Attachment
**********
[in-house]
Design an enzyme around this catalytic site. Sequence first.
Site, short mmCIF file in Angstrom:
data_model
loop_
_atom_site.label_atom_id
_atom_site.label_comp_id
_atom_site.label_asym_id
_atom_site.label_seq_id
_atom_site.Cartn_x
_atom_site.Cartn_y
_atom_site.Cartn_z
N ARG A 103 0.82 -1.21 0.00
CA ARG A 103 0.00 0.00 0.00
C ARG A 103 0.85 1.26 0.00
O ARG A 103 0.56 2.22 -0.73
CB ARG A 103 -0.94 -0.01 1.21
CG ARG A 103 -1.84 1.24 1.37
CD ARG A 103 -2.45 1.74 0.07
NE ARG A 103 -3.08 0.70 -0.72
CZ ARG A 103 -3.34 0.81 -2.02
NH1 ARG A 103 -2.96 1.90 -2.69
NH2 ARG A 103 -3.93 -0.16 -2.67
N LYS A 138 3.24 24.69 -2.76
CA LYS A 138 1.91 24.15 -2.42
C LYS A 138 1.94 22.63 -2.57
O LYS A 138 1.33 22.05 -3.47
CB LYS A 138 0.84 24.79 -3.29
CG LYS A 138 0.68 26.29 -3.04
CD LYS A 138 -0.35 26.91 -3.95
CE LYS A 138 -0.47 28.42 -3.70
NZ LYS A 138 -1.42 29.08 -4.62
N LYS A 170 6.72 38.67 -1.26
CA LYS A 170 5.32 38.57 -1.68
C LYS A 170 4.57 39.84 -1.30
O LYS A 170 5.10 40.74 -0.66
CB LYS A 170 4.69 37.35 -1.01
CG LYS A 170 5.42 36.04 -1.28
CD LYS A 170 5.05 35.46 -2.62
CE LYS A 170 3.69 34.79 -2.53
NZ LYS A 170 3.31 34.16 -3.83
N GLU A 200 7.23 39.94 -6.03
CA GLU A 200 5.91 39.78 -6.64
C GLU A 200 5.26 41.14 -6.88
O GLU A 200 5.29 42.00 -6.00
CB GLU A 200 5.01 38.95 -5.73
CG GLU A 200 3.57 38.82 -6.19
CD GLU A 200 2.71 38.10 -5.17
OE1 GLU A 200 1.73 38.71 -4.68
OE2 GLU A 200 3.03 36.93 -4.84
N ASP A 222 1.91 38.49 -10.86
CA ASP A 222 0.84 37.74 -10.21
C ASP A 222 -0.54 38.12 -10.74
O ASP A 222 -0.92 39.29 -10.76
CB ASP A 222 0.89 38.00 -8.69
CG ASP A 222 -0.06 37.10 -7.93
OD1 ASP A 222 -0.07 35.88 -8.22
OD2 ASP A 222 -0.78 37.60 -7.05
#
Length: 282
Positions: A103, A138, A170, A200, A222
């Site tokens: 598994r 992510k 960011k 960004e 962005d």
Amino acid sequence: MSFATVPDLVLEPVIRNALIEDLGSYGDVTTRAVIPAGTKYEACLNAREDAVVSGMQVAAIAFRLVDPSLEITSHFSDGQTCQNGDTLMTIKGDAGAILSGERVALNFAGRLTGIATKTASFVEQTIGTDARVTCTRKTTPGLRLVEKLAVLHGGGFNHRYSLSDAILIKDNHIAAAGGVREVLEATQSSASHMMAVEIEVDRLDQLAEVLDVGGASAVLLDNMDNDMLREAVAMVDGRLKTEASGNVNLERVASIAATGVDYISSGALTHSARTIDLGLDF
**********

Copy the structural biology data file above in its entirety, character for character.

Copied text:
[in-house]
Design an enzyme around this catalytic site. Sequence first.
Site, short mmCIF file in Angstrom:
data_model
loop_
_atom_site.label_atom_id
_atom_site.label_comp_id
_atom_site.label_asym_id
_atom_site.label_seq_id
_atom_site.Cartn_x
_atom_site.Cartn_y
_atom_site.Cartn_z
N ARG A 103 0.82 -1.21 0.00
CA ARG A 103 0.00 0.00 0.00
C ARG A 103 0.85 1.26 0.00
O ARG A 103 0.56 2.22 -0.73
CB ARG A 103 -0.94 -0.01 1.21
CG ARG A 103 -1.84 1.24 1.37
CD ARG A 103 -2.45 1.74 0.07
NE ARG A 103 -3.08 0.70 -0.72
CZ ARG A 103 -3.34 0.81 -2.02
NH1 ARG A 103 -2.96 1.90 -2.69
NH2 ARG A 103 -3.93 -0.16 -2.67
N LYS A 138 3.24 24.69 -2.76
CA LYS A 138 1.91 24.15 -2.42
C LYS A 138 1.94 22.63 -2.57
O LYS A 138 1.33 22.05 -3.47
CB LYS A 138 0.84 24.79 -3.29
CG LYS A 138 0.68 26.29 -3.04
CD LYS A 138 -0.35 26.91 -3.95
CE LYS A 138 -0.47 28.42 -3.70
NZ LYS A 138 -1.42 29.08 -4.62
N LYS A 170 6.72 38.67 -1.26
CA LYS A 170 5.32 38.57 -1.68
C LYS A 170 4.57 39.84 -1.30
O LYS A 170 5.10 40.74 -0.66
CB LYS A 170 4.69 37.35 -1.01
CG LYS A 170 5.42 36.04 -1.28
CD LYS A 170 5.05 35.46 -2.62
CE LYS A 170 3.69 34.79 -2.53
NZ LYS A 170 3.31 34.16 -3.83
N GLU A 200 7.23 39.94 -6.03
CA GLU A 200 5.91 39.78 -6.64
C GLU A 200 5.26 41.14 -6.88
O GLU A 200 5.29 42.00 -6.00
CB GLU A 200 5.01 38.95 -5.73
CG GLU A 200 3.57 38.82 -6.19
CD GLU A 200 2.71 38.10 -5.17
OE1 GLU A 200 1.73 38.71 -4.68
OE2 GLU A 200 3.03 36.93 -4.84
N ASP A 222 1.91 38.49 -10.86
CA ASP A 222 0.84 37.74 -10.21
C ASP A 222 -0.54 38.12 -10.74
O ASP A 222 -0.92 39.29 -10.76
CB ASP A 222 0.89 38.00 -8.69
CG ASP A 222 -0.06 37.10 -7.93
OD1 ASP A 222 -0.07 35.88 -8.22
OD2 ASP A 222 -0.78 37.60 -7.05
#
Length: 282
Positions: A103, A138, A170, A200, A222
């Site tokens: 598994r 992510k 960011k 960004e 962005d």
Amino acid sequence: MSFATVPDLVLEPVIRNALIEDLGSYGDVTTRAVIPAGTKYEACLNAREDAVVSGMQVAAIAFRLVDPSLEITSHFSDGQTCQNGDTLMTIKGDAGAILSGERVALNFAGRLTGIATKTASFVEQTIGTDARVTCTRKTTPGLRLVEKLAVLHGGGFNHRYSLSDAILIKDNHIAAAGGVREVLEATQSSASHMMAVEIEVDRLDQLAEVLDVGGASAVLLDNMDNDMLREAVAMVDGRLKTEASGNVNLERVASIAATGVDYISSGALTHSARTIDLGLDF